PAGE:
By reader acclaim: woman hit by wild throw sues 13-y-o Little Leaguer

“A New Jersey woman who was struck in the face with a baseball at a Little League game is suing the young catcher who threw it. … Catcher Matthew Migliaccio was 11 years old at the time and was warming up a pitcher” when his wild throw hit Elizabeth Lloyd, who was seated at a nearby picnic table. [AP] More Little League suits here.


  • Another case that should not be settled on grounds of principle, but that probably will be because insurance is involved.

  • Why were they having a picnic so close to a ball field?

  • It sounds mean, but she may have spent the past two years simply trying to recover her out-of-pocket expenses, and finally got frustrated.

    If you’re sitting in a park, in a designated picnic area, on a proper bench, and get hit by something, is it reasonable for you to pay out of your pocket if someone else hits you?

  • If you’re sitting at a picnic table near a bullpen obviously being used by the Little League for warming up, then yes it is reasonable for you to pay the expenses incurred if an accident in the form of an errant ball happens. We used to assume that we would pay expenses we incur when accidents happen as part of normal life.

  • Something isn’t right here. In warming up a pitcher, it’s mostly pitch and catch. The pitcher may throw some hard pitches to the catcher but the catcher is just throwing the ball back to the pitcher. It raises the question of how hard the ball that hit this woman could/was thrown.

    “Intentional and reckless” implies that the kid specifically targeted her. Kind of odd for an 11 year old to be deliberately target her.

    She wants 150K for actual injuries and an unspecified amount for pain and suffering. Plus her husband has filed for loss of consortium. This is about money. They’re suing the kid and will then go after the family and Little League who have the deep pockets.

  • I thought that there was ample precedent that getting hit by a ball while attending a ballgame falls under “assumption of risk”. That may explain why the suit claims “Intentional and reckless” to get around that precedent.

  • It isn’t clear from the article whether the plaintiff was actually attending a ball game. It may be that she was merely sitting in a park near a ball field. If the latter, she may not have assumed the same degree of risk as if she were in the stands at a ballgame.

    I also wonder how the ball hit her since the bullpen is described as “fenced in”. I would think that that meant “surrounded by chain-link fence or netting”, but maybe not.

  • Bob,

    Here is a video of the story that shows the layout of the area:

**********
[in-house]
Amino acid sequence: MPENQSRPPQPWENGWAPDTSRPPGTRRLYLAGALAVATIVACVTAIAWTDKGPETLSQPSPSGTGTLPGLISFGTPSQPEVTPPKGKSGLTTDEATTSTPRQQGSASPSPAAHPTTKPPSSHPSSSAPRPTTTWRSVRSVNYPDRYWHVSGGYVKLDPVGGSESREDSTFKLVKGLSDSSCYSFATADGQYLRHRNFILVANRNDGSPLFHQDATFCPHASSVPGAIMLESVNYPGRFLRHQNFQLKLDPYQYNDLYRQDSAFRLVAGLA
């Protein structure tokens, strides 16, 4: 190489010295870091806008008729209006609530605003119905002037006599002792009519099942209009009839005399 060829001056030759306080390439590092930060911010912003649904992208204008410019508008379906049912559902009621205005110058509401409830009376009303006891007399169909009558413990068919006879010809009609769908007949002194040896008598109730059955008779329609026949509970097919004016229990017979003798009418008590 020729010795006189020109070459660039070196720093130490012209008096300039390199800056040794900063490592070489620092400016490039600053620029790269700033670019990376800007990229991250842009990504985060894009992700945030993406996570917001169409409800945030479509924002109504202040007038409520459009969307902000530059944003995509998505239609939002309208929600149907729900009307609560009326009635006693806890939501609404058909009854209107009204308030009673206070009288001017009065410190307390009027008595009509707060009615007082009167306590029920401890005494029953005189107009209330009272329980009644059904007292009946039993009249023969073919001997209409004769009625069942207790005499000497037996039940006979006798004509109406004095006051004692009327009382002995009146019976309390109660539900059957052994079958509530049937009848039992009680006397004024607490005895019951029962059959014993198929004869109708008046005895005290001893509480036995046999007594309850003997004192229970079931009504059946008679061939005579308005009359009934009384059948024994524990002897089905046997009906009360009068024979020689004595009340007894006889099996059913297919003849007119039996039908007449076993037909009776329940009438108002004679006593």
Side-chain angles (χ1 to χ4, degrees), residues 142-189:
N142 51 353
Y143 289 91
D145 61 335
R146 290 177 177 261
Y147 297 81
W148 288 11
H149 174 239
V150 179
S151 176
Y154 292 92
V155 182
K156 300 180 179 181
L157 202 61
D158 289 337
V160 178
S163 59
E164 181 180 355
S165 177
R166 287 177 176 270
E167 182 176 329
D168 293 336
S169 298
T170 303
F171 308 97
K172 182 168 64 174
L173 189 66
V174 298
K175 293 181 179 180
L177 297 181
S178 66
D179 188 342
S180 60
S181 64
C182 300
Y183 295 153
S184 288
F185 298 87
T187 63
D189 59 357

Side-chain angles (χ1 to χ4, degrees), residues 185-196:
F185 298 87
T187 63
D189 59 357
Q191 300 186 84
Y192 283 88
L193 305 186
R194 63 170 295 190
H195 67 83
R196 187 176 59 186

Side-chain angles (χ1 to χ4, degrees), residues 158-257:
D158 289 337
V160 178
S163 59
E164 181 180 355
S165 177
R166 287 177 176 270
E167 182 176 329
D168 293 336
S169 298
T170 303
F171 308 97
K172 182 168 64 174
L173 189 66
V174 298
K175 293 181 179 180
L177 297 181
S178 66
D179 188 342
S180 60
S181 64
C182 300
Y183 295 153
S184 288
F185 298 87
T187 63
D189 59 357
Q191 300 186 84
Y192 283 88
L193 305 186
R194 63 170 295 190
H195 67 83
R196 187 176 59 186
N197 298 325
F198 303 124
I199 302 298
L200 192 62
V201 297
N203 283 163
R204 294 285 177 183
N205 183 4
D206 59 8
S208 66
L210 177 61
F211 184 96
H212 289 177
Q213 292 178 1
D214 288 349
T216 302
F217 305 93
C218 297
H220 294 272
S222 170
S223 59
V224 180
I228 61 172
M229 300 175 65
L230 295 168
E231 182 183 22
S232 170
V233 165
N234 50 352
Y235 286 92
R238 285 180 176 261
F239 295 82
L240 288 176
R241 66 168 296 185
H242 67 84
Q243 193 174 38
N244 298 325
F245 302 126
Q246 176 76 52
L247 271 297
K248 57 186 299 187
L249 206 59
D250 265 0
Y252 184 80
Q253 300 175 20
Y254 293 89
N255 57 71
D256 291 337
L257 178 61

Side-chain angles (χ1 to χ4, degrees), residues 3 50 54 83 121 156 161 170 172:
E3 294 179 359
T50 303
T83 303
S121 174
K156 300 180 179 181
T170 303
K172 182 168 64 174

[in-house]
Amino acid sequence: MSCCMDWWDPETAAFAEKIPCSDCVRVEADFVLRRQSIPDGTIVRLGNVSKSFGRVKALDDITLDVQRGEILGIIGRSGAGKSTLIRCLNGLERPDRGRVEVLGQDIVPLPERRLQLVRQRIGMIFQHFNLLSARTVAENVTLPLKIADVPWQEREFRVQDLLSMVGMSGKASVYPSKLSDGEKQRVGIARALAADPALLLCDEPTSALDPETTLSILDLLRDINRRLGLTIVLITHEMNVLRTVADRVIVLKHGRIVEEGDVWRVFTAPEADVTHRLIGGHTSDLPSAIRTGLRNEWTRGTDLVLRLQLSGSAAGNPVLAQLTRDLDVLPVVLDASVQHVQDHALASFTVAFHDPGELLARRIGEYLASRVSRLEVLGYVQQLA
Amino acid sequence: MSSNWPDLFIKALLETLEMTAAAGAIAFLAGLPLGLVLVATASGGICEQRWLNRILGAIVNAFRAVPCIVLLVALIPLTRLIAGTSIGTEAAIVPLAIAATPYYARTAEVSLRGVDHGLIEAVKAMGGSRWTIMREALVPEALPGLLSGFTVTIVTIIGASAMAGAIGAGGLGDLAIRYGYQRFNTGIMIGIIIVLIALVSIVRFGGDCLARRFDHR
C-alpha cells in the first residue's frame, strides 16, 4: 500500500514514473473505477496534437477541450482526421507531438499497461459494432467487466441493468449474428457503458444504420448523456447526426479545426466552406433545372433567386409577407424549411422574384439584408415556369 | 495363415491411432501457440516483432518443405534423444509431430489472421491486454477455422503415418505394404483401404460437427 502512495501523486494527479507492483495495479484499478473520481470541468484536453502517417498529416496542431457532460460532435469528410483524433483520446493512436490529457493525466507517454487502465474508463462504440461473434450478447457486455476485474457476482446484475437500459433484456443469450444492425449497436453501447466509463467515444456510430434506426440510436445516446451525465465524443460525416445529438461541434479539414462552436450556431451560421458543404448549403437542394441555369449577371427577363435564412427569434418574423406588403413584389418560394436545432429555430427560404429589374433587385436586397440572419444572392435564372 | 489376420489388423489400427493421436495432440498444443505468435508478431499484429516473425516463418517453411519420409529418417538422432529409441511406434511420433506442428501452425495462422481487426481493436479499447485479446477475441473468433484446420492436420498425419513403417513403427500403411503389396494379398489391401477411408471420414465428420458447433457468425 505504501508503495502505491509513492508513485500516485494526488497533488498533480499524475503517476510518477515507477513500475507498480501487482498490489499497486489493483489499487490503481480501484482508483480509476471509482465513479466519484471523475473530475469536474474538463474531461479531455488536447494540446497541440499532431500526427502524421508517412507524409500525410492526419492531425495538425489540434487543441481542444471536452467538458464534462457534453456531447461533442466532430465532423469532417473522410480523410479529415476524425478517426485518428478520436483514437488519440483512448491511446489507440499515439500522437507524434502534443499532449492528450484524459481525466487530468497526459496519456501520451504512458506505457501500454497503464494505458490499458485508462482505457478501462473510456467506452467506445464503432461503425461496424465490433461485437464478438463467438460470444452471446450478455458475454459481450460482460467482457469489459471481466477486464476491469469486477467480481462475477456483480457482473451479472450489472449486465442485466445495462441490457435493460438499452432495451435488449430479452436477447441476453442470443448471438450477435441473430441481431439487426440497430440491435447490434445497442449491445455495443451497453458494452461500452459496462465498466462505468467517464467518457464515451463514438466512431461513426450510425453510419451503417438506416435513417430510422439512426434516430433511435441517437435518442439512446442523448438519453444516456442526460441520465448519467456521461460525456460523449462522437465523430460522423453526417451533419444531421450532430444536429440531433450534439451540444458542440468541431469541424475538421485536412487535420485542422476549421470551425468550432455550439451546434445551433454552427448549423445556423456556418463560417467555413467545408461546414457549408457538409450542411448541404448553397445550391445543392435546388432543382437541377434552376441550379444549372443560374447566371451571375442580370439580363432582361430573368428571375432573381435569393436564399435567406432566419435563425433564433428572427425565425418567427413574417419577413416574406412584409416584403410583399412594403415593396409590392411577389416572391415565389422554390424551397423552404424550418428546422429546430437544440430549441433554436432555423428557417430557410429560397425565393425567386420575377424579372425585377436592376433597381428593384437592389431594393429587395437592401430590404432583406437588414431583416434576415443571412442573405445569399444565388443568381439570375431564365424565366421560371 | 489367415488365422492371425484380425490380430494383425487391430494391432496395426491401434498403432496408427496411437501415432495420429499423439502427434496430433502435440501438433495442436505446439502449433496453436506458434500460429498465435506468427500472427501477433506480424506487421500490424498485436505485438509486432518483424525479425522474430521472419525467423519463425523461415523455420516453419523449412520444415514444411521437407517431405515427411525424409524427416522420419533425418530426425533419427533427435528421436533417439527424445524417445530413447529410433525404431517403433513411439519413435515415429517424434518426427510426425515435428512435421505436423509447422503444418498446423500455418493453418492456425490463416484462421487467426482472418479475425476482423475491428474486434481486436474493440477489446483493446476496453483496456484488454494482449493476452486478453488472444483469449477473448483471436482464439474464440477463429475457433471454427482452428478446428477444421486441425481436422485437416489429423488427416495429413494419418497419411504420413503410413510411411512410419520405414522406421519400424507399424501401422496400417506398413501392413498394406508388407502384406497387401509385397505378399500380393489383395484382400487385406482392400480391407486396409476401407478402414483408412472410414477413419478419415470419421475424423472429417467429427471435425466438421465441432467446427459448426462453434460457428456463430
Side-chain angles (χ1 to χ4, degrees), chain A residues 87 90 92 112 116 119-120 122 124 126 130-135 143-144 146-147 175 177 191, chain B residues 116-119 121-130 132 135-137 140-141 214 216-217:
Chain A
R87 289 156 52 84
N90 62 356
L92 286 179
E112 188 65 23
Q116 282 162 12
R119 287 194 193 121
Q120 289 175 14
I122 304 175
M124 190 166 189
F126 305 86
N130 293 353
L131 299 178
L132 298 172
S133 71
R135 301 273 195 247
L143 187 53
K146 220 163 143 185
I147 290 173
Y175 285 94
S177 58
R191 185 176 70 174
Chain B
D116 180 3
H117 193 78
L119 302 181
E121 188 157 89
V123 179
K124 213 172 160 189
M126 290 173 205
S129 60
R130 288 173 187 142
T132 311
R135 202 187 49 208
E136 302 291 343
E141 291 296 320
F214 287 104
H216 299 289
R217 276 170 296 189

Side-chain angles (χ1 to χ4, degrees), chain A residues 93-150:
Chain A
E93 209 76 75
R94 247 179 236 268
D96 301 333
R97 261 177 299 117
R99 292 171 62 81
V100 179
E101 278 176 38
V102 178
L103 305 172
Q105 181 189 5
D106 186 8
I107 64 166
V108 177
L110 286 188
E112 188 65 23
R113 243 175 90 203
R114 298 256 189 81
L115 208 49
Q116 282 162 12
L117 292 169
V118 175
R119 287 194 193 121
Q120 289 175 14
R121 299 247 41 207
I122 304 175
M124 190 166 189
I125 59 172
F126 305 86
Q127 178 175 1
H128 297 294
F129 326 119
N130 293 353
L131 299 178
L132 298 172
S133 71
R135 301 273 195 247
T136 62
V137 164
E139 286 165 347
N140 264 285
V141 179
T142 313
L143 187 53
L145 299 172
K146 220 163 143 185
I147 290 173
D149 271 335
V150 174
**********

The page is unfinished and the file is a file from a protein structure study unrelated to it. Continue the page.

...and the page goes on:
The woman’s son and the kid who accidentally hit her are on the same team. The area in question is outside the field along the third base line. If one were to walk along the area starting close to the plate, there is the team dugout, a picnic area with about 4 picnic tables along the field fence and then a fenced area for pitcher and catcher to warm up in.

    The area for the catcher and the pitcher is fenced in, not caged in (no top fencing.)

    The design of the area seems not the best to me. If a kid is warming up, a person who wants to watch the game has to have their head on a swivel as the plate area is to their right, and the warm up area is to their left. A person would need to keep their eyes on two things at the same time.

    After having stood behind too many 11 years olds who cannot consistently throw 45 feet, the errant thrown in a bull pen doesn’t surprise me at all.

    But here’s the real rub. Years ago Little League eliminated the “on deck circle” for under 12’s. The reason? Safety. Leagues compensated by building fenced in areas in which a batter could warm up in. Little League killed that as well. Pitchers and catchers used to warm up “down the lines” on the playing field in foul territory. Little League had a requirement of a “personnel protector” that would stand in front of the player whose back toward the plate in case a batted ball came that way. Little League discouraged that practice for reasons of safety and advised leagues to build…. wait for it….. warm up areas outside the playing area and that were fenced in.

    I can’t see how this is the kid’s fault. At best one could say the layout of the field, the warmup area and the area from which to watch the game are poorly designed and interact more than the designers imagined. To me, that is not the kid’s fault.

    Then again, the cynic in me – developed after long hours of standing behind catchers and dealing with parents who think a called third strike ruins their snowflake’s chances of getting a professional baseball contract – wants to punish the kid for some sort of interaction with her son. Maybe the kid played ahead of her son and she wants retribution. I don’t know. I wouldn’t put it past people these days though.